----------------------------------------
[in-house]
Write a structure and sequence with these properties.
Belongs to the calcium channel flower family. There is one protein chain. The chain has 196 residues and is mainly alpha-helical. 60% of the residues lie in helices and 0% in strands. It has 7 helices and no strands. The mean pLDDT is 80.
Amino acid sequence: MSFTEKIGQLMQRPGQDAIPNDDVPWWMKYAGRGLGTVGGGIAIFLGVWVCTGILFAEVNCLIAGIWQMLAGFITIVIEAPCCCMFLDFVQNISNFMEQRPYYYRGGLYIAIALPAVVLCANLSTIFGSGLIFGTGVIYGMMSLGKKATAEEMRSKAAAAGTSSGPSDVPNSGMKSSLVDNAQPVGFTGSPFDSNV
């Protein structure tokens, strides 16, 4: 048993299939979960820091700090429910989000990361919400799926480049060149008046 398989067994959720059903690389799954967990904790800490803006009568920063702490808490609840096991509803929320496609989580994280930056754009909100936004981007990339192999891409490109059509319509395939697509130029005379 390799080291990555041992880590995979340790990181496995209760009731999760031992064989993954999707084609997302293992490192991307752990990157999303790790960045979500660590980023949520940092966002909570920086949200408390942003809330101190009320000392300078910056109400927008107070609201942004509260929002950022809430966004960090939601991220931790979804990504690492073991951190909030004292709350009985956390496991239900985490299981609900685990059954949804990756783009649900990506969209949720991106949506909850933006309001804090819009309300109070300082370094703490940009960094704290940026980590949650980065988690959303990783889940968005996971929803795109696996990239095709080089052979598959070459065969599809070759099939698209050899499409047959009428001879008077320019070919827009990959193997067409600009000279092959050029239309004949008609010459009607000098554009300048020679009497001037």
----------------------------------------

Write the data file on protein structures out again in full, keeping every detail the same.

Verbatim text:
[in-house]
Write a structure and sequence with these properties.
Belongs to the calcium channel flower family. There is one protein chain. The chain has 196 residues and is mainly alpha-helical. 60% of the residues lie in helices and 0% in strands. It has 7 helices and no strands. The mean pLDDT is 80.
Amino acid sequence: MSFTEKIGQLMQRPGQDAIPNDDVPWWMKYAGRGLGTVGGGIAIFLGVWVCTGILFAEVNCLIAGIWQMLAGFITIVIEAPCCCMFLDFVQNISNFMEQRPYYYRGGLYIAIALPAVVLCANLSTIFGSGLIFGTGVIYGMMSLGKKATAEEMRSKAAAAGTSSGPSDVPNSGMKSSLVDNAQPVGFTGSPFDSNV
């Protein structure tokens, strides 16, 4: 048993299939979960820091700090429910989000990361919400799926480049060149008046 398989067994959720059903690389799954967990904790800490803006009568920063702490808490609840096991509803929320496609989580994280930056754009909100936004981007990339192999891409490109059509319509395939697509130029005379 390799080291990555041992880590995979340790990181496995209760009731999760031992064989993954999707084609997302293992490192991307752990990157999303790790960045979500660590980023949520940092966002909570920086949200408390942003809330101190009320000392300078910056109400927008107070609201942004509260929002950022809430966004960090939601991220931790979804990504690492073991951190909030004292709350009985956390496991239900985490299981609900685990059954949804990756783009649900990506969209949720991106949506909850933006309001804090819009309300109070300082370094703490940009960094704290940026980590949650980065988690959303990783889940968005996971929803795109696996990239095709080089052979598959070459065969599809070759099939698209050899499409047959009428001879008077320019070919827009990959193997067409600009000279092959050029239309004949008609010459009607000098554009300048020679009497001037």